David Padilla is CEO at Crowd Interactive, a leader Ruby on Rails consultancy based in Mexico.
He's usually trying out all the new technologies that come out everyday, and, sometimes, just knowing how to use them is not enough, so, he spends a lot of his free time reading other people's code.
Through his career, he has been devoted to promoting the Ruby on Rails community in Mexico through rails.mx and the organization of the only Ruby conference in the area: Magma Conf.
Most of us know how to build beautiful web applications with Rails. With the help of templating tools like ERB and HAML our web apps create HTML documents, but, do you know exactly how those HTML documents end up in a browser?
During this talk I will show you the bits that make it all happen. We will dissect the relevant code within Rails, Rack and the thin web server to discover exactly how the web server starts and listens to a TCP port, communicates with Rails and returns the HTML document that your browser parses.
Why? Because we're curious about it, that's why.
I have to be honest here: there is no new or innovative topics in my talk. My goals are merely educational. This talk is intended for people that are relatively new to Ruby and Rails. I've known a handful of Rails developers that do not care too much about being Ruby developers. While not going as low as teaching Ruby itself, I want to point out the underlying classes and frameworks that make a webserver serve a Web Application. There's more to Ruby than Rails.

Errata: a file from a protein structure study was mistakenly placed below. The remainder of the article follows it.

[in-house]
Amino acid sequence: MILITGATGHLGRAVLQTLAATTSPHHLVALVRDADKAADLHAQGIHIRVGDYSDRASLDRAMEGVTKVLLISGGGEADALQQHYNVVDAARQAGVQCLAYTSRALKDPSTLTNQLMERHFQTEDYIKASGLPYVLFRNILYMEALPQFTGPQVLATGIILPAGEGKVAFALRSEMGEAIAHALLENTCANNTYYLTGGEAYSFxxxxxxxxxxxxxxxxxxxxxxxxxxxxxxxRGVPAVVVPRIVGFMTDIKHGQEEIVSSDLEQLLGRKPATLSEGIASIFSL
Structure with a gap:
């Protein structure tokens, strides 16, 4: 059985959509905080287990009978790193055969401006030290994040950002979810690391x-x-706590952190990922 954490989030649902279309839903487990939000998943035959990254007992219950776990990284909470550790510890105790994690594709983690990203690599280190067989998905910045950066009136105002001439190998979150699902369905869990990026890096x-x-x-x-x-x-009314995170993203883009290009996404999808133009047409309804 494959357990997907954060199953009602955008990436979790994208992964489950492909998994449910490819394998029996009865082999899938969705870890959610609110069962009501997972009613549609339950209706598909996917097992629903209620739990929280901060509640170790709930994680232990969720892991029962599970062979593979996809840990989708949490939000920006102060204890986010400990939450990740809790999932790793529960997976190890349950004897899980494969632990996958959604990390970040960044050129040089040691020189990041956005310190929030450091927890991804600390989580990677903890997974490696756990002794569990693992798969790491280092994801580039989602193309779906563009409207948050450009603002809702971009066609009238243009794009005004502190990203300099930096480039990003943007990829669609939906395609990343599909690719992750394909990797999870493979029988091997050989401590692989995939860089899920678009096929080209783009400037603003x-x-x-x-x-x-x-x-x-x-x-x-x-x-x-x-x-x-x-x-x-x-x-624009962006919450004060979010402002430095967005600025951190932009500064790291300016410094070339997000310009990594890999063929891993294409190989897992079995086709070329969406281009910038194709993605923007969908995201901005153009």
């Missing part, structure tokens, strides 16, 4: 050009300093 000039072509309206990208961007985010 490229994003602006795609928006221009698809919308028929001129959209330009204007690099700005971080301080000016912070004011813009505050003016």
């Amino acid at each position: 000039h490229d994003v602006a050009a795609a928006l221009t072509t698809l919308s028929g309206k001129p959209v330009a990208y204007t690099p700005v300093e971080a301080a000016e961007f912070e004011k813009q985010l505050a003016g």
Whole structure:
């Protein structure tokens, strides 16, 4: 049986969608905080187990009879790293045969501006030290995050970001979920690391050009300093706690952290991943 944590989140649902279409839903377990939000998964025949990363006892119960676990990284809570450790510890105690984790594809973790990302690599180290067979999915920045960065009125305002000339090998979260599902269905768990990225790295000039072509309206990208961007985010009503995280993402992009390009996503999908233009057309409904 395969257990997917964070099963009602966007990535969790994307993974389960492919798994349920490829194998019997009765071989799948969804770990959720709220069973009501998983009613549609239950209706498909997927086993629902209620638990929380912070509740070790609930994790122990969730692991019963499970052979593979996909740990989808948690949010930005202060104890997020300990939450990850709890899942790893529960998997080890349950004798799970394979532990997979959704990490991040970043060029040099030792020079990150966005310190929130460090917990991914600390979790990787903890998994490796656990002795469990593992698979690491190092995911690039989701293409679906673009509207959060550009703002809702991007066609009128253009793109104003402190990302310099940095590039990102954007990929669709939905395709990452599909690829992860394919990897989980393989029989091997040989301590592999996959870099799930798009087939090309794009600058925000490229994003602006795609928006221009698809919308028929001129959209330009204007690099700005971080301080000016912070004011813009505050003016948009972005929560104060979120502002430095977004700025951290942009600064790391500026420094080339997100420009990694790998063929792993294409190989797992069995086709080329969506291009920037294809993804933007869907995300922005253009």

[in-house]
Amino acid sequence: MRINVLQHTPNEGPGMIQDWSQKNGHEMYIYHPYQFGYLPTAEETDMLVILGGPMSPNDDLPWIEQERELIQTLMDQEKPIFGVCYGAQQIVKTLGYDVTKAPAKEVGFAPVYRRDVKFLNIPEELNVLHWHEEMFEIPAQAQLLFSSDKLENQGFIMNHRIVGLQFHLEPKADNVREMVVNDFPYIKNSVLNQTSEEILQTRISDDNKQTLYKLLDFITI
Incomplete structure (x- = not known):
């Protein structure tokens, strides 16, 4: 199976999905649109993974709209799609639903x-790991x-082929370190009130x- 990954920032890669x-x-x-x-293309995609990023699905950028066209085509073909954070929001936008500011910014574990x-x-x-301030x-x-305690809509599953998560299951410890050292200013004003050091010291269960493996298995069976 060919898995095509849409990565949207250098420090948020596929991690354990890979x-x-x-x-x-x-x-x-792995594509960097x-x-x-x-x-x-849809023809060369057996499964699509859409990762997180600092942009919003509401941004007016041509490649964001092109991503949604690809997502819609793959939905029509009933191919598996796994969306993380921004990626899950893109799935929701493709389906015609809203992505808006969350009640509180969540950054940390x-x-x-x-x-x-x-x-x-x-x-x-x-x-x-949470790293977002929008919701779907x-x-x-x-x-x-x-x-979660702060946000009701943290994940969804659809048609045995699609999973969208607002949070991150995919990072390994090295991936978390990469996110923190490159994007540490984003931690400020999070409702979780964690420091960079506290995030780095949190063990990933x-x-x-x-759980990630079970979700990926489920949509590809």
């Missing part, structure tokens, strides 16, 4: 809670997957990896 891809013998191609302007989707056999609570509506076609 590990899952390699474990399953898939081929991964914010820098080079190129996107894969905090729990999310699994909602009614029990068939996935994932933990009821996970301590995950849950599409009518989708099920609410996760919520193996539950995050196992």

Some of the ideas that I want to incept to the audience would be:
The Railscasts topics that you mention are mostly related to Rails, I intend for my talk to be more within the EventMachine - Rack neighborhood.
You will not make a lot of money with the things that I intend to show on this talk, its just about knowing your tools and how things work under the hood.
Here's the thing: There are RailsCasts about this topic (http://railscasts.com/?tag_id=39) and while they are available to Pro Subscribers only, they're still there and they're good (I've watched all of them). So I don't see the need for a conference talk if there are good, affordable resources readily available for everyone.
Aside from the "low level" aspects of your talk (web server startup and TCP communication), what content would you present that is new and interesting? Maybe you can give a little more details and convince me (and probably others) why this talk would be worth a +1.